“‘By January, I’m going [to] be, you know, much better. And Dr. Oz is still going to be a fraud.’ ”
— Pennsylvania Democratic Senate nominee John Fetterman on his recovery from a stroke
That’s how John Fetterman, the Democratic Senate nominee in Pennsylvania, assured voters that he would be fit to serve following a stroke in May, which sidelined him from the campaign trail for three months.
In an interview with NBC News’ Dasha Burns that was taped Friday and aired Tuesday, Fetterman said his recovery “changes everything” but would not impact his ability to serve in Congress, should voters elect him over Republican nominee Mehmet Oz.
“I feel like I’m gonna get better and better, every day,” Fetterman said.
During the interview, the current lieutenant governor used a computer with closed-captioning to understand what he was being asked due to ongoing auditory processing problems resulting from the stroke.
“Every now and then I’ll miss a word. Every now and then,” Fetterman said. “Or sometimes I’ll maybe mush two words together. But as long as I have captioning, I’m able to understand exactly what’s being asked.”
Burns said that in small talk before the interview without closed captioning, “it wasn’t clear he was understanding our conversation,” but later noted that experts say that Fetterman’s symptoms do not indicate any cognitive or memory issues, according to a Daily Beast report.
The interview showed some of Fetterman’s lingering speech issues, such as when he struggled to pronounced the word “empathetic,” something that he attributed to a side effect of the stroke.
“I always thought I was very empathetic before having a stroke, but now after having that stroke, I really understand much more kind of the challenges Americans have day in and day out,” he said.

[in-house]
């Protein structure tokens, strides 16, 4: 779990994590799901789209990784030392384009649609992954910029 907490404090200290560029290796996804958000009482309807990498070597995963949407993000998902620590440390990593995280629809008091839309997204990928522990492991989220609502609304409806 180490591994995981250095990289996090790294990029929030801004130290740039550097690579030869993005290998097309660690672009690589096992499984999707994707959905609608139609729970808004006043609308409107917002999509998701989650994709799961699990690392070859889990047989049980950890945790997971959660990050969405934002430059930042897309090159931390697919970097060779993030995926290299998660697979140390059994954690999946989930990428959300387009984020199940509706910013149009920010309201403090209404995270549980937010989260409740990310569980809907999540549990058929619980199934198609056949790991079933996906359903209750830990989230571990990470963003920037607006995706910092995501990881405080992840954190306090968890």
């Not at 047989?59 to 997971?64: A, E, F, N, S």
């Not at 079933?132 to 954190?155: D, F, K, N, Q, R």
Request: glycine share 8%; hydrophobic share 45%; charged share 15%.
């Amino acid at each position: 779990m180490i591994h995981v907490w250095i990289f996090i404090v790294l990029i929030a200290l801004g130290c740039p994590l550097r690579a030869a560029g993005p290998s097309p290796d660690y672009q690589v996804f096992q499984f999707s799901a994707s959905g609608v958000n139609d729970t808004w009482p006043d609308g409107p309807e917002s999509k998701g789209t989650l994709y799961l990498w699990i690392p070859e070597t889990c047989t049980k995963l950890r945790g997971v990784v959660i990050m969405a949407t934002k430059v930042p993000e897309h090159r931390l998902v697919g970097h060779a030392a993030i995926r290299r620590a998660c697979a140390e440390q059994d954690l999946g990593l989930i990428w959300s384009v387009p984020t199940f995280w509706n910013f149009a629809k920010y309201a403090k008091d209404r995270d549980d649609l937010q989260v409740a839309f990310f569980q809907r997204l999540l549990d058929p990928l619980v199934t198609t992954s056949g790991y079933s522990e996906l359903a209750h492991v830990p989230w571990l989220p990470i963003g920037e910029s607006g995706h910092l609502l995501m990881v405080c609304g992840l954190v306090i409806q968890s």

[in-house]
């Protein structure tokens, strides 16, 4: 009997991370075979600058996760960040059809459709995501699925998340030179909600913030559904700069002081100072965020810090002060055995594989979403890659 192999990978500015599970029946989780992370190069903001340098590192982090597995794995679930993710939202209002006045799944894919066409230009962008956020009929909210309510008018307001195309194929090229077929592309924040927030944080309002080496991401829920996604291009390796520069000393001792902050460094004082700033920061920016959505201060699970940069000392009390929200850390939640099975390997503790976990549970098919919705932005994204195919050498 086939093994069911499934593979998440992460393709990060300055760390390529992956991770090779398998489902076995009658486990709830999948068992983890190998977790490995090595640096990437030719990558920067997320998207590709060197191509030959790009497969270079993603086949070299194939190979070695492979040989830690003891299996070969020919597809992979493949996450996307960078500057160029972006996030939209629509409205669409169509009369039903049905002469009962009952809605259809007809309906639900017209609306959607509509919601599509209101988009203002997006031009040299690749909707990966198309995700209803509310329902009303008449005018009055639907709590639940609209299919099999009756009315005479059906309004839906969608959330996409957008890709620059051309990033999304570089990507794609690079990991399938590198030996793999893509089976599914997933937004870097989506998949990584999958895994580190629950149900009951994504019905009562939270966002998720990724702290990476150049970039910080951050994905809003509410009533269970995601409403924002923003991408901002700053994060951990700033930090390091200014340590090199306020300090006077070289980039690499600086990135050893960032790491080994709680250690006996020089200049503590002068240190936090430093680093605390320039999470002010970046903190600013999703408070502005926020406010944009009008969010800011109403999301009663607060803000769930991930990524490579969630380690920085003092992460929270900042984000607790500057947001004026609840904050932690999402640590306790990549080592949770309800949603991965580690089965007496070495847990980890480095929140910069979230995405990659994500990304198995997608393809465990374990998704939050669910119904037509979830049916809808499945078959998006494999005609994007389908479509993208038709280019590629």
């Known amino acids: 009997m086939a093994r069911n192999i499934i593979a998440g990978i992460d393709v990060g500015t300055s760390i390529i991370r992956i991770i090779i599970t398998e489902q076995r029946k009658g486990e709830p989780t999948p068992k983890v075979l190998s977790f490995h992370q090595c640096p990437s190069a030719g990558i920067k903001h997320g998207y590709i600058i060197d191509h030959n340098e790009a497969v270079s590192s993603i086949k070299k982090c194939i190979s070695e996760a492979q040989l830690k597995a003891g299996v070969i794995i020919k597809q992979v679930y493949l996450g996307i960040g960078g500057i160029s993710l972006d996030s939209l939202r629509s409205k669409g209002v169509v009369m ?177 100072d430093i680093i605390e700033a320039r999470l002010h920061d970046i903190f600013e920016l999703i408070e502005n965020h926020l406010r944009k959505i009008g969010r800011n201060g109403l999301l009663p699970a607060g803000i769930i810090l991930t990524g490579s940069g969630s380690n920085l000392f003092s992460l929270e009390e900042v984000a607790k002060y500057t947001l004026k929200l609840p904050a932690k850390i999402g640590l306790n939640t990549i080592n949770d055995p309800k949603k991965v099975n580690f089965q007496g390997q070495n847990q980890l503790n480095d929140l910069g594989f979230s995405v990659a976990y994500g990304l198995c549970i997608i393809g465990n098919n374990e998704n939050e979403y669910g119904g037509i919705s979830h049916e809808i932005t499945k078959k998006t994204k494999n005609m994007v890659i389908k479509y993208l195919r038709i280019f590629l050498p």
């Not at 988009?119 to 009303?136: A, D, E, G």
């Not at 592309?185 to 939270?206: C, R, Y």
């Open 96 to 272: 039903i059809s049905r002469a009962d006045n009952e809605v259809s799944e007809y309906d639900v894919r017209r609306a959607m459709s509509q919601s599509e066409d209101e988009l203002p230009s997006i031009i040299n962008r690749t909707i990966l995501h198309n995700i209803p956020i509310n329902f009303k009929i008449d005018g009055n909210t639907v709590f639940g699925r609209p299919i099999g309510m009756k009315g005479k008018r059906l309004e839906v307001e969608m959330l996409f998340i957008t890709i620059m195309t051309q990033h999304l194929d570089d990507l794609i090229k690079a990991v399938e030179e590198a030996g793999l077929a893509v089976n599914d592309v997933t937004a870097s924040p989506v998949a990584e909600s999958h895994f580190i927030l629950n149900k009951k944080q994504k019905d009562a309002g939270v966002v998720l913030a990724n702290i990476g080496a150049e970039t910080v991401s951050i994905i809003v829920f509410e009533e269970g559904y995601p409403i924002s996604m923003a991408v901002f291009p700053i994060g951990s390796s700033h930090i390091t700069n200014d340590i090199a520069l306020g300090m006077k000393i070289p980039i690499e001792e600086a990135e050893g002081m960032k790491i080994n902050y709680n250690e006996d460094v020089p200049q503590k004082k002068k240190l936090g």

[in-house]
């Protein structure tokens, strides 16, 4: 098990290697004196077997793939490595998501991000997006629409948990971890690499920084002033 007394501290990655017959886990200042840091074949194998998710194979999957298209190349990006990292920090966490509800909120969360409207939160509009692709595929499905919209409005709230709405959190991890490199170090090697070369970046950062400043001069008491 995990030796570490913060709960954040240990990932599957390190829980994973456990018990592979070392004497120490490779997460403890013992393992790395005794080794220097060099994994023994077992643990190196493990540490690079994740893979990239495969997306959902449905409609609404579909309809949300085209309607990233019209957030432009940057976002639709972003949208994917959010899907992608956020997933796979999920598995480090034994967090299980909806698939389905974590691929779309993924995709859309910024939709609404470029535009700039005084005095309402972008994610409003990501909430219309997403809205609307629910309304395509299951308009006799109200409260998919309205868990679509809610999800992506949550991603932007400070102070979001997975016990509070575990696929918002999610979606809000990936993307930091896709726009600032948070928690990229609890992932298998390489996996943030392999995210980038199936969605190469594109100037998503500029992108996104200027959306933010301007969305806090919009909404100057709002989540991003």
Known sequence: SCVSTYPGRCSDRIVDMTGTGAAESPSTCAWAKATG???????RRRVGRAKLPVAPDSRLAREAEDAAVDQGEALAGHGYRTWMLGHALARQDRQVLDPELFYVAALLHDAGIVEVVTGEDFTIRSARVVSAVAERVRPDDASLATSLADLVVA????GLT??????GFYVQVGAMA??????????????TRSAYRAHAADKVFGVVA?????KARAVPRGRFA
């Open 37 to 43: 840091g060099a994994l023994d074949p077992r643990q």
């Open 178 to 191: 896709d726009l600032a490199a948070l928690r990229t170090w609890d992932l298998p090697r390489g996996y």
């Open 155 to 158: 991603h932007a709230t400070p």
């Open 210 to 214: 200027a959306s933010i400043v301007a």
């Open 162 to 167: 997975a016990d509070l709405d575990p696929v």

Questions about the Democratic candidate’s health have shrouded the race, particularly as Fetterman’s campaign has declined to release his medical records.
“Mr. Fetterman’s failure to release his medical records has allowed Mr. Oz to make Mr. Fetterman’s health a major campaign issue,” the Pittsburgh Post-Gazette editorial board wrote on Sunday. The editorial added that his policy issues are more important than his health records, but that the “best way [he] can ensure that voters don’t get distracted from important policy questions is by releasing his medical records.”
Pressed about the medical records by NBC, Fetterman countered that he feels like “we have been very transparent in a lot of different ways” about his health.
Earlier this summer, Fetterman had a strong lead over Oz in polls, with some showing him up by as much as 13 points. However, Oz has gained ground, with surveys conducted in late September showing Fetterman leading by an average of 3.7 points, according to RealClearPolitics data.
The tightening of the polls, along with Republican spending against Fetterman ramping up, prompted Cook Political Report to shift back its race rating from “lean” Democrat to a “toss-up.”
Fetterman and Oz are slated to face off in the race’s first and only debate on Oct. 25, in which Fetterman plans to again use closed captioning.
The Oz campaign has had to deal previously with criticism of the celebrity surgeon’s TV show and past medical advice. A spokesman for the GOP candidate recently told the Washington Post that it’s “idiotic and preposterous to imply that he shared the same beliefs and opinions as every guest on his show, or that having someone on his show constitutes a blanket endorsement of their beliefs.”